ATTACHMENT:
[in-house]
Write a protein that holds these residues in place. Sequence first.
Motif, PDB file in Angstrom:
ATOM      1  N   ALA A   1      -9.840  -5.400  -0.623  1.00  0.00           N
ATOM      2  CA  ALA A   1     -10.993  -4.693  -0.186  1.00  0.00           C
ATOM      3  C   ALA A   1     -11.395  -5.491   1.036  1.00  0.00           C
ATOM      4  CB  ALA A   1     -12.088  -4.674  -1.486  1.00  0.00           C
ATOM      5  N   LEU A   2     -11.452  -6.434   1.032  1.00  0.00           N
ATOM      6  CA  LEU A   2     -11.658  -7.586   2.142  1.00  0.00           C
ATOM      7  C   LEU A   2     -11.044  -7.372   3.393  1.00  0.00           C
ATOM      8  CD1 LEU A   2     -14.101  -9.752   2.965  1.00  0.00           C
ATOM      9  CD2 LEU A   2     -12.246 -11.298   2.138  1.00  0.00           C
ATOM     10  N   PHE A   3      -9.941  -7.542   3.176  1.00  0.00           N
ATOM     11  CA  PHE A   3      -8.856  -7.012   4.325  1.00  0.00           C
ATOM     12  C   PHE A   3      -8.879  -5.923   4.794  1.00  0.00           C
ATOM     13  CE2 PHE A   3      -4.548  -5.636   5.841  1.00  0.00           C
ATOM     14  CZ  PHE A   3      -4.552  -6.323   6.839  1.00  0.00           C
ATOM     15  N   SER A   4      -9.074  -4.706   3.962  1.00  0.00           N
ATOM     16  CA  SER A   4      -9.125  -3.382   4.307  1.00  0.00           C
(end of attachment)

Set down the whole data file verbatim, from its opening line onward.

[in-house]
Write a protein that holds these residues in place. Sequence first.
Motif, PDB file in Angstrom:
ATOM      1  N   ALA A   1      -9.840  -5.400  -0.623  1.00  0.00           N
ATOM      2  CA  ALA A   1     -10.993  -4.693  -0.186  1.00  0.00           C
ATOM      3  C   ALA A   1     -11.395  -5.491   1.036  1.00  0.00           C
ATOM      4  CB  ALA A   1     -12.088  -4.674  -1.486  1.00  0.00           C
ATOM      5  N   LEU A   2     -11.452  -6.434   1.032  1.00  0.00           N
ATOM      6  CA  LEU A   2     -11.658  -7.586   2.142  1.00  0.00           C
ATOM      7  C   LEU A   2     -11.044  -7.372   3.393  1.00  0.00           C
ATOM      8  CD1 LEU A   2     -14.101  -9.752   2.965  1.00  0.00           C
ATOM      9  CD2 LEU A   2     -12.246 -11.298   2.138  1.00  0.00           C
ATOM     10  N   PHE A   3      -9.941  -7.542   3.176  1.00  0.00           N
ATOM     11  CA  PHE A   3      -8.856  -7.012   4.325  1.00  0.00           C
ATOM     12  C   PHE A   3      -8.879  -5.923   4.794  1.00  0.00           C
ATOM     13  CE2 PHE A   3      -4.548  -5.636   5.841  1.00  0.00           C
ATOM     14  CZ  PHE A   3      -4.552  -6.323   6.839  1.00  0.00           C
ATOM     15  N   SER A   4      -9.074  -4.706   3.962  1.00  0.00           N
ATOM     16  CA  SER A   4      -9.125  -3.382   4.307  1.00  0.00           C